Loren Furman, Senior Vice President of State and Federal Relations, joined Colorado’s Morning News on KOA this morning to talk about the City of Denver’s proposal to fast-track a local minimum wage increase beginning in January 2020. If passed, Denver’s minimum wage would raise to $15.87 per hour by January 2021, a $4.77 increase from the current rate.
“What we take issue with is the timing,” Furman said. “We have to retain a talented workforce, and that means providing competitive wages and benefits. But the timing of this process and the fast-tracking of this goal in such a short period of time was never the intent of the Legislature.”
The Legislature heavily debated this issue this year, and ultimately passed a bill on the last day of Legislative Session that allows localities to raise their minimum wages. But lawmakers agreed that employers need predictability, and that any minimum wage increase would be incremental, taking effect at the earliest in 2021.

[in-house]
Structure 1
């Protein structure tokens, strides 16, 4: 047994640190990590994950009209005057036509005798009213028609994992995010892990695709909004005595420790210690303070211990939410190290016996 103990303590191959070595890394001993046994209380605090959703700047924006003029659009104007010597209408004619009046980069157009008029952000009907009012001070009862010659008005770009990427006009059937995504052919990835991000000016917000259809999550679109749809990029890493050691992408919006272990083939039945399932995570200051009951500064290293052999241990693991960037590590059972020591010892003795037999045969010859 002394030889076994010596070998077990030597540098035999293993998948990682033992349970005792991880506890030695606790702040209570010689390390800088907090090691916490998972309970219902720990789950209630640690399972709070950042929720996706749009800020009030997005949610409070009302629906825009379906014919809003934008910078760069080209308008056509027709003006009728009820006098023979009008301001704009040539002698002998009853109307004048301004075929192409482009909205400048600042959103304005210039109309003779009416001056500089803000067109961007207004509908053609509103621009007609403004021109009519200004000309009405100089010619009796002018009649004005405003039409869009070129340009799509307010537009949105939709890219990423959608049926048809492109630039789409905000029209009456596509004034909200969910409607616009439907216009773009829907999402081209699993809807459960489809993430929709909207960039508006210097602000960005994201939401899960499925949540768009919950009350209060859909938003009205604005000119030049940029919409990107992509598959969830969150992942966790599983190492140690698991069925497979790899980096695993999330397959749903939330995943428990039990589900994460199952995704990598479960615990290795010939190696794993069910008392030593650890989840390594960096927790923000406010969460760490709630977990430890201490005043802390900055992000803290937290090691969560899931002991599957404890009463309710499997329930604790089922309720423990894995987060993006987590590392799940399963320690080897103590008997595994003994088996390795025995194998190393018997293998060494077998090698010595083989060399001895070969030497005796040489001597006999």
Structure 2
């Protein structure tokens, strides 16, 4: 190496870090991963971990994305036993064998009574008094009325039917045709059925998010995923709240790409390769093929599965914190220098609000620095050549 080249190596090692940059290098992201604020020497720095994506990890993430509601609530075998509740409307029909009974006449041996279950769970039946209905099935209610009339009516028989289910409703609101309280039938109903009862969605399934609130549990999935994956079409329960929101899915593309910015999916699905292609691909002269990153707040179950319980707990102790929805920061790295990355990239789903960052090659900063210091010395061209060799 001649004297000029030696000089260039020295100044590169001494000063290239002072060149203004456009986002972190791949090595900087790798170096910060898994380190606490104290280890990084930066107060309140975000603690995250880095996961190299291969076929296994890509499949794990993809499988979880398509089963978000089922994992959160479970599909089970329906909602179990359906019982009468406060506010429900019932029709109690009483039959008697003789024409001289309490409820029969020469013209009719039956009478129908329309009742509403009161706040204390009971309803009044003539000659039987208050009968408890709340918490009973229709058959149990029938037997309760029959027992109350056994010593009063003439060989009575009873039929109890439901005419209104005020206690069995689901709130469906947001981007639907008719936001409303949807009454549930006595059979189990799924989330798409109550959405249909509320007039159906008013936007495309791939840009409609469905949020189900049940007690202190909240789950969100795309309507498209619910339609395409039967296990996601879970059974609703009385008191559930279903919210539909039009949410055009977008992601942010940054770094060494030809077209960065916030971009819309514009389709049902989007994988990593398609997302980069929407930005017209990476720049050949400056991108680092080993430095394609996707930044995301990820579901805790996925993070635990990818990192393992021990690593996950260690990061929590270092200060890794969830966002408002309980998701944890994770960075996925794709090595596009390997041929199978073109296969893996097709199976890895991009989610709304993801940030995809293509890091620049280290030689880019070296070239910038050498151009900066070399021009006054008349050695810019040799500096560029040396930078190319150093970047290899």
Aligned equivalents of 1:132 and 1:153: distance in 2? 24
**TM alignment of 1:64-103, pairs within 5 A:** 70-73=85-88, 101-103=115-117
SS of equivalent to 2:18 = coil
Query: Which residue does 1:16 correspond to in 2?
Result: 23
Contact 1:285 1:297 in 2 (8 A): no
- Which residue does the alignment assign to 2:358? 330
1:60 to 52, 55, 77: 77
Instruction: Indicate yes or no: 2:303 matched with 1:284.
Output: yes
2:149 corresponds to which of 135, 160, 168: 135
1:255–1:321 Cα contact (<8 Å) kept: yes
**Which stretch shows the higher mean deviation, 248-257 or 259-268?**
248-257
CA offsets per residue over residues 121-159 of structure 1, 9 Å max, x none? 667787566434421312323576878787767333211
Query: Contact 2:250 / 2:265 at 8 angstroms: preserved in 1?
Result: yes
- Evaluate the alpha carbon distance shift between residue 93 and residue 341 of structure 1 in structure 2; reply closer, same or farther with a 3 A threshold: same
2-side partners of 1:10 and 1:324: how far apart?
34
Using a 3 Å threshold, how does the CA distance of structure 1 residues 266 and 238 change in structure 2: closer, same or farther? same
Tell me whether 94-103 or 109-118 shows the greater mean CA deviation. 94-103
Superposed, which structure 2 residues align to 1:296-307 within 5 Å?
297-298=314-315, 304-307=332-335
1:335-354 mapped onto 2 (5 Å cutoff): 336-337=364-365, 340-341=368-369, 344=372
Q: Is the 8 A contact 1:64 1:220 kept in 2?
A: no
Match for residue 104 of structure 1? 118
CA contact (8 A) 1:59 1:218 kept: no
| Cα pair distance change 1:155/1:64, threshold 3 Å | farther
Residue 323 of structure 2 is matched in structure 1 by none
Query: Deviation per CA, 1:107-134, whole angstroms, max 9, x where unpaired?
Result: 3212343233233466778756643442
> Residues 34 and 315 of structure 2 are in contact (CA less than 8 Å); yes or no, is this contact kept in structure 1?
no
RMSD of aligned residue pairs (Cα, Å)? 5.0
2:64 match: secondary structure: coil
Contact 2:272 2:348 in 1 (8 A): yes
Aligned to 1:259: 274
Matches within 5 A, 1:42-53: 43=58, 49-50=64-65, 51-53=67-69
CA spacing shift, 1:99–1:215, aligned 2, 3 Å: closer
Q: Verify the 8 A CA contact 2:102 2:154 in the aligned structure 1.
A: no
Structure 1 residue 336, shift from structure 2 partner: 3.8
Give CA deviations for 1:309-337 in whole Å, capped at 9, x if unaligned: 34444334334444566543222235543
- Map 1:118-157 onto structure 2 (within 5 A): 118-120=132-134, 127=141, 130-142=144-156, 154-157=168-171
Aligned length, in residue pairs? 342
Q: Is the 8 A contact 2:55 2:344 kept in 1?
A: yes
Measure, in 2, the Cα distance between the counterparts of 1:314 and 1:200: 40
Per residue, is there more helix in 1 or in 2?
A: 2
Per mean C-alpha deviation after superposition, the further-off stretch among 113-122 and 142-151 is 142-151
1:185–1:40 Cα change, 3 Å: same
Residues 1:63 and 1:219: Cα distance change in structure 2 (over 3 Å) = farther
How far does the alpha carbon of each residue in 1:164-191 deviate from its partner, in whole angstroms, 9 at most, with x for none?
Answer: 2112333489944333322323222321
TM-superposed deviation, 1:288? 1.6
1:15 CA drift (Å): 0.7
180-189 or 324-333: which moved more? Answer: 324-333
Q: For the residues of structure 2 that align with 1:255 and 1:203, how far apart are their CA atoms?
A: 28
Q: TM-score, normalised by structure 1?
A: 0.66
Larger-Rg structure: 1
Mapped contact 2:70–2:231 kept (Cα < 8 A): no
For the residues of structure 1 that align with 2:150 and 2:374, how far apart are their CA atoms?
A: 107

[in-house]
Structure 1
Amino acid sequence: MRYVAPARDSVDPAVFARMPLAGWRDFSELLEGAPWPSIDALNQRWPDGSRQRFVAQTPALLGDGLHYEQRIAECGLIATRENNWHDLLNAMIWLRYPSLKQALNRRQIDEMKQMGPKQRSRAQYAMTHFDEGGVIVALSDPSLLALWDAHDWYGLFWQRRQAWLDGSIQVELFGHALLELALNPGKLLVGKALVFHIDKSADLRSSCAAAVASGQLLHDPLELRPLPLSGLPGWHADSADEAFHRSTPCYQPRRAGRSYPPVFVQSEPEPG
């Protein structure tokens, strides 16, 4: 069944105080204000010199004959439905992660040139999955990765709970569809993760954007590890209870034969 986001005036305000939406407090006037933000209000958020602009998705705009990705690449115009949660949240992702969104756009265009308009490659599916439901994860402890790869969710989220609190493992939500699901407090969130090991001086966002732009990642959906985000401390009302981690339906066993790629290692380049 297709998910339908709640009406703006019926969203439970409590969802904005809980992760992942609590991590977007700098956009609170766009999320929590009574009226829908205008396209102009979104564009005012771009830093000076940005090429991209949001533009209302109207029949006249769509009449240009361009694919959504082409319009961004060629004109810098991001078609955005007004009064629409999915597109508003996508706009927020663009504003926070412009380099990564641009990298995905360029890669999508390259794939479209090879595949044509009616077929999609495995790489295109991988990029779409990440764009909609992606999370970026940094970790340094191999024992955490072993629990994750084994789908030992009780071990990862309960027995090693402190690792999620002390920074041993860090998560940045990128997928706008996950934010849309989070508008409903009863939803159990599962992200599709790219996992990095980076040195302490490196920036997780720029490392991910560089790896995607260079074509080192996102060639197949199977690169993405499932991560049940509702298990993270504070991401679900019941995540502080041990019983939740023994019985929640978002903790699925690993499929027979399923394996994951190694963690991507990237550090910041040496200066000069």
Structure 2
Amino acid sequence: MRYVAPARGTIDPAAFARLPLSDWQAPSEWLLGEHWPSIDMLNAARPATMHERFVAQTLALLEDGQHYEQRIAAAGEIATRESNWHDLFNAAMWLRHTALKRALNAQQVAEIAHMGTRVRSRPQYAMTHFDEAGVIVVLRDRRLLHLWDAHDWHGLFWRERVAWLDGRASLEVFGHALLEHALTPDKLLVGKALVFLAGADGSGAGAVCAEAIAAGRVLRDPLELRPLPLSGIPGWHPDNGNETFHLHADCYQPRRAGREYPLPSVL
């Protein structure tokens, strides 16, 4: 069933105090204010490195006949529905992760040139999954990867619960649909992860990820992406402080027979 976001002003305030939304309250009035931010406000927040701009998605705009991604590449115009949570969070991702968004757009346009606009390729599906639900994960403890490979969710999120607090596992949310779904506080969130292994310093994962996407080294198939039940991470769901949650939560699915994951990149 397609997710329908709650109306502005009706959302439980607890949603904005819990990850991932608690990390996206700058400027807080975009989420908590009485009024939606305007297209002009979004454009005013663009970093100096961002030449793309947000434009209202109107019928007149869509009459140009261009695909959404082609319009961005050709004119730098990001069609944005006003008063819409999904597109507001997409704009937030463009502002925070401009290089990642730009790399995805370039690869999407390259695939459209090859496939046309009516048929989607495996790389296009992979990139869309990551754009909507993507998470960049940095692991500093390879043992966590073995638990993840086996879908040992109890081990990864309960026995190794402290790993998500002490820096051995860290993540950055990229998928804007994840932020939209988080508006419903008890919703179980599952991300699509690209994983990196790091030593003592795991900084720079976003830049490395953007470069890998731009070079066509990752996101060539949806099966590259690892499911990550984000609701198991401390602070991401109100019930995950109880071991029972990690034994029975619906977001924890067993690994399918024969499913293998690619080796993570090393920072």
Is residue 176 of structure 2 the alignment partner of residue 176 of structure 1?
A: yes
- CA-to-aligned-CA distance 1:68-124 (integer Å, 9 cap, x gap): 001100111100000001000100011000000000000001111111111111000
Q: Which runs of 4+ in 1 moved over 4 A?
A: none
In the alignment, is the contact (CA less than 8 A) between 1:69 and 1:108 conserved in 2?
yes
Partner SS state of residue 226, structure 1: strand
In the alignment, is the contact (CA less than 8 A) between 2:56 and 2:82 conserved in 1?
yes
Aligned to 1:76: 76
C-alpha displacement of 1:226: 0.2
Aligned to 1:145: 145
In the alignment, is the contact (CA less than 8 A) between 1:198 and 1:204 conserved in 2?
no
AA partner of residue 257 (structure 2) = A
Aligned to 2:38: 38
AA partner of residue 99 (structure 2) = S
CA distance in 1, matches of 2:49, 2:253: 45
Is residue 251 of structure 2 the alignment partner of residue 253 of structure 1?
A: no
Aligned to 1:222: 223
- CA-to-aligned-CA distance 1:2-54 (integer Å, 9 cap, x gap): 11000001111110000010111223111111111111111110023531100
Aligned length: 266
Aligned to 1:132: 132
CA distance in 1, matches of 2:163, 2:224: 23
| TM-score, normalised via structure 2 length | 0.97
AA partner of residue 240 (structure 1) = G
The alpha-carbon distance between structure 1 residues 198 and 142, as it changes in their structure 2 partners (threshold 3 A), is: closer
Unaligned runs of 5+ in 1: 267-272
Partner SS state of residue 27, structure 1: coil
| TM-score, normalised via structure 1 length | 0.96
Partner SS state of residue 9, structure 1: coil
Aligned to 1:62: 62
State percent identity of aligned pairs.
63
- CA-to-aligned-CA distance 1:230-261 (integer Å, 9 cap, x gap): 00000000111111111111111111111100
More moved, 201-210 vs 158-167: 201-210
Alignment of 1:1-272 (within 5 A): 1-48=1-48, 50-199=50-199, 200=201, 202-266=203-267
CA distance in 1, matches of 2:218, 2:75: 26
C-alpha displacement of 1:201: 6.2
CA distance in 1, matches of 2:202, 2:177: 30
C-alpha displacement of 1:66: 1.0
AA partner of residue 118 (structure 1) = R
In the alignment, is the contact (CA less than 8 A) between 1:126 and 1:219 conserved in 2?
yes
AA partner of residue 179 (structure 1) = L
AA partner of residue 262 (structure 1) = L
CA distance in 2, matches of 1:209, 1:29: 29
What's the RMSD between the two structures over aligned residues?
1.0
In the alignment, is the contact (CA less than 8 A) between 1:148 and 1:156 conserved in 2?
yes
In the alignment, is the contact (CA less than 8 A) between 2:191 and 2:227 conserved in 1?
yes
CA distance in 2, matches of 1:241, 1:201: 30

“What Denver can do is they can adopt an incremental approach like other cities around the U.S. that have just as expensive of a cost of living as we do,” she said.
Furman also emphasized that this proposal would particularly hurt small employers, which will have challenges in adjusting to such a quick change.
“These are the partners of the city, these are employers that create good jobs, that generate tax revenue – what we should do is find ways to work with those employers instead of trying to fast track a policy that was not the intent of the Legislature,” Furman said.